A single ant is not able to survive. Ants are powerful as a group. Together, they are strong, they can survive extreme weather conditions, they can kill insects, reptiles, amphibians, and mammals that are much bigger and stronger than they are and they can fight predators. To do all these fascinating and impressive things together as a colony, they need to communicate with each other. But no matter how close we put an ant to our ear, we can never hear them speak. How do ants communicate with each other?
As a whole, most ants communicate through pheromones. But many also use touch, spit, body language, sound, and drumming on the ground which leads to vibrations that can be understood by the other ants to communicate with each other.
Do Ants Speak to Each Other?
Ants do indeed speak to each other. But they have a different language than us humans.
Most ants communicate through pheromones.
But there are also other ways for ants to communicate. Scientists are still discovering new ways and meanings of ant-communication and the studies are ongoing.
Ants Communicate Via Pheromones
Pheromones are chemical substances that can be compared to hormones. The hormones are inside of a body, whereas the pheromones are outside. They can be released by insects and animals to activate a certain action in the other insect or animal they are “talking” to.
Some pheromones can imply that danger is ahead, and others show the way to a food source.
The best way to see the effect of pheromones is the long lines of ants walking on exactly the same trails. Ants release pheromones to guide the way for following ants of their colony.
Ants release pheromones in all kinds of situations. They can warn fellow ants that a predator is close, or that they need help.
They can also release certain pheromones when they find a source of food and keep releasing pheromones until they reach an entrance to the ant nest. Now the other ants can follow the trail of pheromones until they reach the source of food.
Pheromones can also include information on which nest an ant is from and also on the social status of a certain ant.
In some ant species, pheromones are used to brand an ant. If a worker ant misbehaves the queen can spray pheromones on that ant which is from now on an outsider.
That ant can be tortured, excluded, or even killed by the other ants.
Touch and Spit
When ants meet, they often touch their sensors or heads making it look like they kiss. During that action, the ants that met exchange spit.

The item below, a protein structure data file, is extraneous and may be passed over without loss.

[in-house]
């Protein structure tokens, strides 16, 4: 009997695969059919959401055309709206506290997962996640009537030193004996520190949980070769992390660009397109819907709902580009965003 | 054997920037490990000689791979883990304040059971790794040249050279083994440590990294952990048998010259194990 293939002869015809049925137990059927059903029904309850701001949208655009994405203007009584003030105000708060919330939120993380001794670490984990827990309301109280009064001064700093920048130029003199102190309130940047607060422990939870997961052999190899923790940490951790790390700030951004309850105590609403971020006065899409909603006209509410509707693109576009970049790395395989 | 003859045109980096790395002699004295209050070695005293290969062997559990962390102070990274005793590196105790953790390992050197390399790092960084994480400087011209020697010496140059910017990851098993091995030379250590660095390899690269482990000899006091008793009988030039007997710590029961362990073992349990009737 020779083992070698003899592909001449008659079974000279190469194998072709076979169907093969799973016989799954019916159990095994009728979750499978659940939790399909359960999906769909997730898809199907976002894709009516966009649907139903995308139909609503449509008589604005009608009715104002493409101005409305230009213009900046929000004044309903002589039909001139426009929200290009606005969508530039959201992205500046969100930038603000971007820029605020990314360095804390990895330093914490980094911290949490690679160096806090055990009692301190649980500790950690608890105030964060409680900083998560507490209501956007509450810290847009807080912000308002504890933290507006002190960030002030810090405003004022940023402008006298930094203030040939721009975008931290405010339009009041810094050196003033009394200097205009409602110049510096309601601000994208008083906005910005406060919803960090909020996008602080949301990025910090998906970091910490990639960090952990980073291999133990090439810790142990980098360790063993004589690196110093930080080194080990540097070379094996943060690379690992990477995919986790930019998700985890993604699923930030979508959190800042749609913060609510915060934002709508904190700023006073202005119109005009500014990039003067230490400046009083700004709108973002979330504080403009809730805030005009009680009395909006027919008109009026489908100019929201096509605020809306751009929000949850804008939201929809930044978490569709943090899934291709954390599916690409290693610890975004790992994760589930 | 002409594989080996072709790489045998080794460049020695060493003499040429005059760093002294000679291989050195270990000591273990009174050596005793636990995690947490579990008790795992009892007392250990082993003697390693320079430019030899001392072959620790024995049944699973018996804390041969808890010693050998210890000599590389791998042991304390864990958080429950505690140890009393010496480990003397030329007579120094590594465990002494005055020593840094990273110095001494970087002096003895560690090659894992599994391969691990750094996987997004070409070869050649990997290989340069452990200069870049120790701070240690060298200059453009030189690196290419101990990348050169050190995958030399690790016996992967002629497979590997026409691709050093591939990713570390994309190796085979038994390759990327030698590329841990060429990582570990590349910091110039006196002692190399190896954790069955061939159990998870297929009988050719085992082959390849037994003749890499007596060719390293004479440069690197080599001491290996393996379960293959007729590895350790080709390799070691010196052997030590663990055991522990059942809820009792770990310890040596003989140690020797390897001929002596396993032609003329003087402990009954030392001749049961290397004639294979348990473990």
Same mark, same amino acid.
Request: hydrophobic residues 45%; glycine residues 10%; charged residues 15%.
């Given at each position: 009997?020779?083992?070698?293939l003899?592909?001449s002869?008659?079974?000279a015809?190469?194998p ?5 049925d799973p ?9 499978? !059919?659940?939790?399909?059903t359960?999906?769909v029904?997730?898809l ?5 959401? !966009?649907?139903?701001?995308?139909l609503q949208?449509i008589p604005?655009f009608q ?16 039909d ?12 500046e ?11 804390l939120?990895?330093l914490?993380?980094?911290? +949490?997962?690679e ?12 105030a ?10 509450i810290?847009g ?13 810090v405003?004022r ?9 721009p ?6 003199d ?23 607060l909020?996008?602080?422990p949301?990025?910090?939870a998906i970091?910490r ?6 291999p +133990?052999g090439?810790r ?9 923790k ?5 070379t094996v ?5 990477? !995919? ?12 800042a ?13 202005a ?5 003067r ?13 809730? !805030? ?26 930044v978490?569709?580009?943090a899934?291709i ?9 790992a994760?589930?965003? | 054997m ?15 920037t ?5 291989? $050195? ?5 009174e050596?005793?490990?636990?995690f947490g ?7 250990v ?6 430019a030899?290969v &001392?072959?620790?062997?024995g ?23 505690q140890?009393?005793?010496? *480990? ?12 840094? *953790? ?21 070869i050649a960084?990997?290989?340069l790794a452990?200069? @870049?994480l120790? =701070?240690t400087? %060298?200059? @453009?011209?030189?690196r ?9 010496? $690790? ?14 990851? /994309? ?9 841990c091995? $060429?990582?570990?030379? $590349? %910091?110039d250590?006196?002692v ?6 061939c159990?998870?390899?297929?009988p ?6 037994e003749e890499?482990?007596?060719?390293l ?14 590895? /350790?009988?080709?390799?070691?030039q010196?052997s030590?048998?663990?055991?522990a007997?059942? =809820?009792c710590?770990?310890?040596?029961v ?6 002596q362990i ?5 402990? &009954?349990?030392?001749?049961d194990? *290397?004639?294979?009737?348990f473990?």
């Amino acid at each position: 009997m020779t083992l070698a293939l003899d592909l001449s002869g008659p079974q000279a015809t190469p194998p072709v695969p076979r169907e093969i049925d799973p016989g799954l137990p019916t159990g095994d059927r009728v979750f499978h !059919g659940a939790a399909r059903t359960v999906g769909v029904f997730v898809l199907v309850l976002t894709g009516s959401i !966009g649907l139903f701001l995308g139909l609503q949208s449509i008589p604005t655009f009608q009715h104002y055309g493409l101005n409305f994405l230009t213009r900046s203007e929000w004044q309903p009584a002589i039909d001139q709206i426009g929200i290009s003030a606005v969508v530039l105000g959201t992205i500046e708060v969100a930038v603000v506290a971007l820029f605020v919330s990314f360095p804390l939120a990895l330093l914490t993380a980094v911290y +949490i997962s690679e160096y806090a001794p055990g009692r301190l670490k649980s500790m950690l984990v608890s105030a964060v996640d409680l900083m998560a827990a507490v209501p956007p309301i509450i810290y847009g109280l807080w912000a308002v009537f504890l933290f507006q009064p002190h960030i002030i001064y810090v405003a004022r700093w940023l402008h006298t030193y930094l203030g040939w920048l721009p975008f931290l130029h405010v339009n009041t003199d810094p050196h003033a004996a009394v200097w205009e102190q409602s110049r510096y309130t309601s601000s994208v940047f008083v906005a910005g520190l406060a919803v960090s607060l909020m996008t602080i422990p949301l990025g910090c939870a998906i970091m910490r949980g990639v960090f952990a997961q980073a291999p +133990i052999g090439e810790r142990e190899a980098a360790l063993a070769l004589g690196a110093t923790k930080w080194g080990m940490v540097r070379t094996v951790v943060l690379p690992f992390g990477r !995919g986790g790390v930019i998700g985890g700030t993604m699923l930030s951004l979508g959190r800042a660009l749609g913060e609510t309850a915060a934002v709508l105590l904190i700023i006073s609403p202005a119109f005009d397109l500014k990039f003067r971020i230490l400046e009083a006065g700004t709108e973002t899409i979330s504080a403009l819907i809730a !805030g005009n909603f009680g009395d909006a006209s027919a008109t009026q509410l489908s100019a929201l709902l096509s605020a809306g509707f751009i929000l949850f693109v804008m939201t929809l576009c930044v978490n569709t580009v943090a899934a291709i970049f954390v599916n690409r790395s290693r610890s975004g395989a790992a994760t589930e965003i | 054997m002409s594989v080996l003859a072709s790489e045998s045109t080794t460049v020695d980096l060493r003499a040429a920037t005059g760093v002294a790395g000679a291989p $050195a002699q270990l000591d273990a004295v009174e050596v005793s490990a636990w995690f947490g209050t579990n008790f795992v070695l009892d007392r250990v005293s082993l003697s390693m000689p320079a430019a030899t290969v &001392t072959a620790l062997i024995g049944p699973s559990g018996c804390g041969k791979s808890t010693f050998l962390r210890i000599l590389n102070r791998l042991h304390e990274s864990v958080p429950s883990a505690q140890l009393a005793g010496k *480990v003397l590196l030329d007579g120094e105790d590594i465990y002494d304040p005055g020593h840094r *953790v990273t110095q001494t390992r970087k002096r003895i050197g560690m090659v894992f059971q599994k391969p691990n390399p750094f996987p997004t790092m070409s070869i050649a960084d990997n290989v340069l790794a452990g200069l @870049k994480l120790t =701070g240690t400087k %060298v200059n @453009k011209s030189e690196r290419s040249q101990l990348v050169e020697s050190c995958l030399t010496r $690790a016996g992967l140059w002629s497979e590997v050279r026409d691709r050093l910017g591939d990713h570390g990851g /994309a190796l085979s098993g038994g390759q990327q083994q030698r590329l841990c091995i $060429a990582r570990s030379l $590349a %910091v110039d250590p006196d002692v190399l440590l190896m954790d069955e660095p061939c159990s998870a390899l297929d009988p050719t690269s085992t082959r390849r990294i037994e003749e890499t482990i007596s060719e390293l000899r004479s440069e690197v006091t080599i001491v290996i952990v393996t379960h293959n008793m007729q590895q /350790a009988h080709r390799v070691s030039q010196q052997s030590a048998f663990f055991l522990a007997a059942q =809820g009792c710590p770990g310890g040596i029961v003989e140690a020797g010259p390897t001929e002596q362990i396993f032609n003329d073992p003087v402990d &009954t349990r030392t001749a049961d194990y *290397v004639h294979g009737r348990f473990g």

The spit of the ants can contain certain substances that help them to identify each other.
They can tell the other ant, where they came from, what they were doing and what their social status is.
This interaction helps ants to always make sure that the balance between the different jobs in a colony is given.
The jobs can be caring for the queen and the eggs, larvae, and pupae, searching for food, defending the colony, or taking out the trash.
Here is an example of ant-communication via touch and spit:
If a predator killed several ants, the balance between the jobs might be disturbed and there are not enough ants, that search for food.
When the ants crawl around, they always interact with each other and tell the other ant what job they are currently doing.
After a while, the ants will notice that they did not meet enough ants that collect food and will swap their jobs for “food collection”.
More and more ants will do the same until the balance between the different jobs is restored.
Sound and Vibrations
Some ants make sounds by rubbing body parts against each other or drumming their head and legs against the ground, causing vibrations that the other ants in the close surrounding can feel.
Some species of the Myrimca ants make a noise by striking a leg against a spike that they have along their abdomen. These sounds often indicate an emergency and a should for help.
The ants of the Myrmica scabrinodis already start communicating through that above-mentioned sound when they are pupae.
The pupae is a state in the ants’ evolution that comes between larvae and adult states. When the pupae strike the leg against the spike, it means “help me” and an adult worker ant walks up to the pupae to guard or save it.
Pupaes that don’t make a sound are ignored and believed dead by the other ants.
Lisa is one of the two founders of Animal-Knowledge. She has been very interested in animals and insects from a very young age and has owned different kinds of pets such as snails, ants, fish, turtles, mice, rats, hamsters, rabbits, a dog, … you get the idea 🙂